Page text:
Music education always & always looking forward.

Major Seventh Interval in Norah Jones's "Don't Know Why"

Can you think of a song that you remember the very first time you heard it?  How you felt, and that indescribable feeling that you had to hear it again, at any cost?

I've never been the type to be totally up on new music, what's happening lately or even during the past calendar year, more of a catcher-upper, really, but I remember exactly where I was when I first heard this song.  It was blaring through my university's giant rec & wellness center, as I descended a staircase to use a treadmill.  First of all, that was a rare gym use for me, and secondly, can you imagine MTV coming anywhere close to Norah Jones these days?  I'm glad she was as big as she was, because she floated Blue Note records for nearly a decade with the success of her (magnificent) debut album.  I do remember hearing that song, though, booming through the gym, and thinking, "Forget running, I've got to hear that song again."

That experience has been lessened a little bit with technology, and doing the Shazam salute to a set of speakers when you hear a song that you're dying to hear again, but it was a magical one.  I played this song in my classroom for my chorus kids a few years ago, and to say they were entranced was an understatement.  (Good for interval training, too.)

Don't Know Why” - Norah Jones

Intro: Though considered by many to be a jazz artist and reinforcing that idea by releasing albums on notable jazz label Blue Note records, Norah Jones made a commercial breakthrough on her first album, 2002’s Come Away with Me. Jones won the Grammy award in 2003 for Best New Artist and her album won seven more Grammys, both for performance and for production and engineering. “Don’t Know Why” won three Grammys that year for Song of the Year, Record of the Year, and Best Female Pop Vocal Performance. It was covered by well-known jazz guitarist Pat Metheny on his One Quiet Night album, he having stated in the liner notes that the song is one of his favorites and it is a “new classic”. Jones has recorded four subsequent albums since, each selling at least one million copies worldwide. Come Away with Me has sold more than 26 million copies, helping to propel Jones to be the best selling jazz artist of the 2000s and a major financial boon for Blue Note records.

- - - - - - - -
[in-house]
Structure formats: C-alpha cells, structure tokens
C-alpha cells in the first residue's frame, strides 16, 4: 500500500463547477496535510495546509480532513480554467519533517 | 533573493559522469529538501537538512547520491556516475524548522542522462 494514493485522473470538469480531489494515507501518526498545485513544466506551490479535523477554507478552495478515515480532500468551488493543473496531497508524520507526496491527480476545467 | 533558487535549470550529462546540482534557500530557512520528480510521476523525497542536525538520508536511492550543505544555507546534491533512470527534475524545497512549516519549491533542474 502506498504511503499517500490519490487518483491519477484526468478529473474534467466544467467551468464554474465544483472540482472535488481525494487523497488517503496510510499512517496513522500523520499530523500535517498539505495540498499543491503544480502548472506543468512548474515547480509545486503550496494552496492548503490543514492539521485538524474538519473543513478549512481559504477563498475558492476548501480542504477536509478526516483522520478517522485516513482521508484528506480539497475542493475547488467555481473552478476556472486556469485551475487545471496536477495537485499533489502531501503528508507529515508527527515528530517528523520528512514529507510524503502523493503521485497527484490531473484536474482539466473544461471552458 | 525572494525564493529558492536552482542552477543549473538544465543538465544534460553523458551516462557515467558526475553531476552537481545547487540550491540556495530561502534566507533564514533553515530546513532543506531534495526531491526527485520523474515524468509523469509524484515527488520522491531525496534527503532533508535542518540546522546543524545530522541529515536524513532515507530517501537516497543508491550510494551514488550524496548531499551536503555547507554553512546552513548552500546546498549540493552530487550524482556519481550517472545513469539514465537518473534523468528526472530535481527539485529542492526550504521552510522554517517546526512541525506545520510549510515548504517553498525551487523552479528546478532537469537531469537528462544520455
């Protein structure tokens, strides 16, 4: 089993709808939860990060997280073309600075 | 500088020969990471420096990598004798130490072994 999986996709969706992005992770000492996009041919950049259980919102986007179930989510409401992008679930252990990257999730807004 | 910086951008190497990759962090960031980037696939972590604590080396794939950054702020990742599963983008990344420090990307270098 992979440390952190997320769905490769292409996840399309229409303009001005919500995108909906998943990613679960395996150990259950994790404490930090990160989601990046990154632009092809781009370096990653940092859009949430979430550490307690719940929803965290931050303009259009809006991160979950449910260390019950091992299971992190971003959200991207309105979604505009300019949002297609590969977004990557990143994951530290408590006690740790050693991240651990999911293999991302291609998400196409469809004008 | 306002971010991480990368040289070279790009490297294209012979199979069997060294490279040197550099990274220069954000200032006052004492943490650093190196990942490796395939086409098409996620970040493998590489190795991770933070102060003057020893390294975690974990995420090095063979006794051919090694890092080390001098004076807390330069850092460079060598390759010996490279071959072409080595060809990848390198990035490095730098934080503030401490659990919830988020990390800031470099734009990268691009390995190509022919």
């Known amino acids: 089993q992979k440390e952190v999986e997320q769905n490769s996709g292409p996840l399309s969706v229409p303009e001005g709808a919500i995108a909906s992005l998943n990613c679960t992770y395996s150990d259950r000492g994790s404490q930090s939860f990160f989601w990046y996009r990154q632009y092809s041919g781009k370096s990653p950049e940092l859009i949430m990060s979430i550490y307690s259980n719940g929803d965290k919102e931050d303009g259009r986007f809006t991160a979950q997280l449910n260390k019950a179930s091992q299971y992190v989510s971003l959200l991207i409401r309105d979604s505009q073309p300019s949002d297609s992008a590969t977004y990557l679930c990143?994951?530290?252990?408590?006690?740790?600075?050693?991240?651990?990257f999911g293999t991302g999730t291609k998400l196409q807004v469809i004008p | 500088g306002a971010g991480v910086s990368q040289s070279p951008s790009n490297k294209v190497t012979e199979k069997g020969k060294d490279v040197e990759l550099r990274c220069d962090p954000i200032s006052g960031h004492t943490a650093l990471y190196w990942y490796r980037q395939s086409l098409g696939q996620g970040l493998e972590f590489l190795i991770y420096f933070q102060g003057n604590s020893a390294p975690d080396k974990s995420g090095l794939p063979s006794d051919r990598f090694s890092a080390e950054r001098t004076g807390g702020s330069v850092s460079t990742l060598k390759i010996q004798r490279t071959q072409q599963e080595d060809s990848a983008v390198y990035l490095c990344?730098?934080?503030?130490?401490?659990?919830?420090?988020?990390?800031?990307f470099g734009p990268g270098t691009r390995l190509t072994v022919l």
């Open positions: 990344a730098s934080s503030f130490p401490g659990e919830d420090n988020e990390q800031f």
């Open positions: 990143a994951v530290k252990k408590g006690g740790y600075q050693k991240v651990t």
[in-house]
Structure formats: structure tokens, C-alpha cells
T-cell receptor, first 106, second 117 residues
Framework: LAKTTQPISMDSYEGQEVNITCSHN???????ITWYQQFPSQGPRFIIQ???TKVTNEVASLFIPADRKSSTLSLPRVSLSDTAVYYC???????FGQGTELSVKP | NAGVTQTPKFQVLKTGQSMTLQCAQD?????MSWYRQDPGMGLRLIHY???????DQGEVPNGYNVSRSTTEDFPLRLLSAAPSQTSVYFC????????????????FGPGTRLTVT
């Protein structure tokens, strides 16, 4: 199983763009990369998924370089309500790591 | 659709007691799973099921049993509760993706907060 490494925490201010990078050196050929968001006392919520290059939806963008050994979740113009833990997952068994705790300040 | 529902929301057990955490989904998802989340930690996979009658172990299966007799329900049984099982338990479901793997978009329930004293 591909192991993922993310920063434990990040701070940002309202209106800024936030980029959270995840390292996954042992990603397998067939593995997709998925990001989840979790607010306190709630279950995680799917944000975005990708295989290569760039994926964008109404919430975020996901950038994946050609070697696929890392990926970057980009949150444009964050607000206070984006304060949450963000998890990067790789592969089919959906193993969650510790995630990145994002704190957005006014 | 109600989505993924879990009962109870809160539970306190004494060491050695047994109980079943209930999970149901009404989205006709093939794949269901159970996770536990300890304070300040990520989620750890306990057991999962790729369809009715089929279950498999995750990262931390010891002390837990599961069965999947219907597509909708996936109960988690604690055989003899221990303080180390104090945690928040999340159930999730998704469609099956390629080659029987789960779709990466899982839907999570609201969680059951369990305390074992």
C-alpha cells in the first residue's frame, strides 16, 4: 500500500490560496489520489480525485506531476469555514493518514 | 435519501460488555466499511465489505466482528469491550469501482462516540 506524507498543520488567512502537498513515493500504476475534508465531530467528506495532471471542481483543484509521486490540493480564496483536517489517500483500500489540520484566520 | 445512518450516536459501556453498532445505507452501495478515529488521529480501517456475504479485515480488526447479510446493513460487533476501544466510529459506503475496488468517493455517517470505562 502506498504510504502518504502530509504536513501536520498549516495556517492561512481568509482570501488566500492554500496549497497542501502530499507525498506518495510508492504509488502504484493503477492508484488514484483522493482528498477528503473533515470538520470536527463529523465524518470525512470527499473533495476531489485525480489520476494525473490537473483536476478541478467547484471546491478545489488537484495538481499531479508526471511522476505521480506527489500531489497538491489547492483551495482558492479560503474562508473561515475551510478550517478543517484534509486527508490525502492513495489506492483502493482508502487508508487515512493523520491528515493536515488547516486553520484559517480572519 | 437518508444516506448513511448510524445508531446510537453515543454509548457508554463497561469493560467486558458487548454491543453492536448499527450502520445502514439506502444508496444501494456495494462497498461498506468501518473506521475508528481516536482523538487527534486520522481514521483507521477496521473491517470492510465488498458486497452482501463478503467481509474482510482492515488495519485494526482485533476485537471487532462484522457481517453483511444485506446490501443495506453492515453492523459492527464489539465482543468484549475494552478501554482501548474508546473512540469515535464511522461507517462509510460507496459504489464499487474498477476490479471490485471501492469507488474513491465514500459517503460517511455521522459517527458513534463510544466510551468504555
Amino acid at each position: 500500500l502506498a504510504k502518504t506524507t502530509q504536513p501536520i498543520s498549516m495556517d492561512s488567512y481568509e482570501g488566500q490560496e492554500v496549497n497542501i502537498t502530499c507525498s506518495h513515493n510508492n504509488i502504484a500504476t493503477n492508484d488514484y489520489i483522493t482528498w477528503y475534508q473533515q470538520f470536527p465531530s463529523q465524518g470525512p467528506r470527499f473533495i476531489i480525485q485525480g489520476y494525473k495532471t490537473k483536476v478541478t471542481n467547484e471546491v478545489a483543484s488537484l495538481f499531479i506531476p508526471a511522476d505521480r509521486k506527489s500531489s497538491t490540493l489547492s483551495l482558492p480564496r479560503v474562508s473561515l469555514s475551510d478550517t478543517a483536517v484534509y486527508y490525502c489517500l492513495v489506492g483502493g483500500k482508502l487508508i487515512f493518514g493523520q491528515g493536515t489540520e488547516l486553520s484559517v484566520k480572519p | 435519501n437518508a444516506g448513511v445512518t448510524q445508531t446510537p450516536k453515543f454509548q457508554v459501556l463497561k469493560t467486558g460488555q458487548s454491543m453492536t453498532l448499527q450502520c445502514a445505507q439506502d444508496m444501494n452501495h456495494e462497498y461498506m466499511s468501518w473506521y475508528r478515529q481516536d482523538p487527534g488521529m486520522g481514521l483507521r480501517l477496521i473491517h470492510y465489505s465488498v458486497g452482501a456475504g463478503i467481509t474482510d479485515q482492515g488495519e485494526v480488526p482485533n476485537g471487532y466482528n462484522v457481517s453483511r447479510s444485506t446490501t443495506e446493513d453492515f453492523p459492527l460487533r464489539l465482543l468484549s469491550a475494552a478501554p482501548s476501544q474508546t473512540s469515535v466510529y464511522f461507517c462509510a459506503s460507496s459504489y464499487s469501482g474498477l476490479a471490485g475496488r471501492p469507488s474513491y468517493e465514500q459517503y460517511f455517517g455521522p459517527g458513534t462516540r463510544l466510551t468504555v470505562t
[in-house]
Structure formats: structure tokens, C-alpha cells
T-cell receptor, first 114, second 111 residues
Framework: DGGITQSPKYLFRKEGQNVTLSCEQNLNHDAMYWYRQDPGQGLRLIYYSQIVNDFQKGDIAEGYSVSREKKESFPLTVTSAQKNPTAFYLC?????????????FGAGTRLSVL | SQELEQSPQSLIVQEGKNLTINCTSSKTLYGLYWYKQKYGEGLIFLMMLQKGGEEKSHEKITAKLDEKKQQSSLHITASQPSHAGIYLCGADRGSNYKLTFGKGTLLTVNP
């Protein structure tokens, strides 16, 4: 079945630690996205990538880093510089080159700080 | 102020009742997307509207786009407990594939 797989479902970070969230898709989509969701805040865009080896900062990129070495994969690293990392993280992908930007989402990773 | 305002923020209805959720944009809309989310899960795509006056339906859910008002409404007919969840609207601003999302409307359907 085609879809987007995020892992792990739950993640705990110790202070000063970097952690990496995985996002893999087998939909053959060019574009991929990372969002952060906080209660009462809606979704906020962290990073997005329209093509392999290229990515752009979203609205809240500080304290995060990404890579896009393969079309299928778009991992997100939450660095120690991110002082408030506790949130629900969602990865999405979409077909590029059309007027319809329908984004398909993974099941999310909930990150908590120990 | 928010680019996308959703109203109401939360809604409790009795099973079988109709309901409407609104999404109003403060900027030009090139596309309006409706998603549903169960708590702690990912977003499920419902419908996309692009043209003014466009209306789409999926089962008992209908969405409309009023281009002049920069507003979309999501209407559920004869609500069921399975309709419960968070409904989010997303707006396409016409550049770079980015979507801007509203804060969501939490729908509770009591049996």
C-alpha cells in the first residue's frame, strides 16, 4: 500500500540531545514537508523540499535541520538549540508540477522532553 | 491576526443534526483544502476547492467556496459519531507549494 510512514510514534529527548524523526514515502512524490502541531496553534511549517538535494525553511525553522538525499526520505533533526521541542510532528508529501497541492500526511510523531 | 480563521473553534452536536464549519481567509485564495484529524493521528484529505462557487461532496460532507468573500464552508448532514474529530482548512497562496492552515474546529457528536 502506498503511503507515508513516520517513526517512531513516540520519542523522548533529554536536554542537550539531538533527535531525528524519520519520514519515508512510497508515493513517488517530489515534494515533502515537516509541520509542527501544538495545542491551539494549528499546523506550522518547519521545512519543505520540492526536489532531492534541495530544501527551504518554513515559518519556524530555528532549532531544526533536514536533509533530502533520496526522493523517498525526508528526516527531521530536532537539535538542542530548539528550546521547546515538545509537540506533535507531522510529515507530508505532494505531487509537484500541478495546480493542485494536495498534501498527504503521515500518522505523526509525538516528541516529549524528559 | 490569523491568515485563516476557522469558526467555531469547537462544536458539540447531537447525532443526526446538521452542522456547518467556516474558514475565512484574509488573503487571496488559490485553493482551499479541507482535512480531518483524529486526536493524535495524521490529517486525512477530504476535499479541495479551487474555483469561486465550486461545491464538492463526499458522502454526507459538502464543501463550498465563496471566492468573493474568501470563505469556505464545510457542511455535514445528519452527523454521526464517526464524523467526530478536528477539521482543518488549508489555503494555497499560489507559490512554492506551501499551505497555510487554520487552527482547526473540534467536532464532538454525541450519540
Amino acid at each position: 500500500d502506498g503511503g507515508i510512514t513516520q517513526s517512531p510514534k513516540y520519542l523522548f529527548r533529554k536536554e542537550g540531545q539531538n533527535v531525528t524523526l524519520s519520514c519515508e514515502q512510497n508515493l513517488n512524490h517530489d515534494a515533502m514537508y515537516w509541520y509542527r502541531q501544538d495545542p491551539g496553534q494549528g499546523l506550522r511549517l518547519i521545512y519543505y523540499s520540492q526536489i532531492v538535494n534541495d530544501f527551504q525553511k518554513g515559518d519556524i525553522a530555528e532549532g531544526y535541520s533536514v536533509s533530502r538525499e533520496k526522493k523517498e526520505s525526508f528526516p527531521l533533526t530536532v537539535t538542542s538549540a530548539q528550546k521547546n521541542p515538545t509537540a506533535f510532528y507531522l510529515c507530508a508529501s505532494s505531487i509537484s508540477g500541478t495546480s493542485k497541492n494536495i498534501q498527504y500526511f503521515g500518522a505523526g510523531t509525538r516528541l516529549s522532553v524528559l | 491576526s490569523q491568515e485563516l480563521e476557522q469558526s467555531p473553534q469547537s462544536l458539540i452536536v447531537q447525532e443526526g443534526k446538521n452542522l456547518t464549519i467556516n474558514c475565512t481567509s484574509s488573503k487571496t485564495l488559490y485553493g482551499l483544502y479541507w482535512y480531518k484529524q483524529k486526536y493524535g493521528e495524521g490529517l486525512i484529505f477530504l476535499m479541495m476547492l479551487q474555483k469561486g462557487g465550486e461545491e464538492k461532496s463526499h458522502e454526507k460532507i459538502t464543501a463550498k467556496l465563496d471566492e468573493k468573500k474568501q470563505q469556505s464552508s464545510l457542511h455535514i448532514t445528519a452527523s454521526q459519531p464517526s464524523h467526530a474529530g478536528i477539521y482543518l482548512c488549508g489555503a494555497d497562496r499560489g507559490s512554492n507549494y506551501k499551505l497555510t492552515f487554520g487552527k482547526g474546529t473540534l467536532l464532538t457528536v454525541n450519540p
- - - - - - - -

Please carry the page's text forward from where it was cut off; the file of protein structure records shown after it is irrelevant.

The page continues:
Analysis: The important interval of the major seventh appears at the start of the pre-chorus, as Jones sings the words “my heart,” traveling a major seventh in between them.

Considerations for Teaching: Both for its exemplary demonstration of intervallic relationships and for the song’s cultural impact, this song is an outstanding classroom listening example. It contains no inappropriate lyrics or subject matter.

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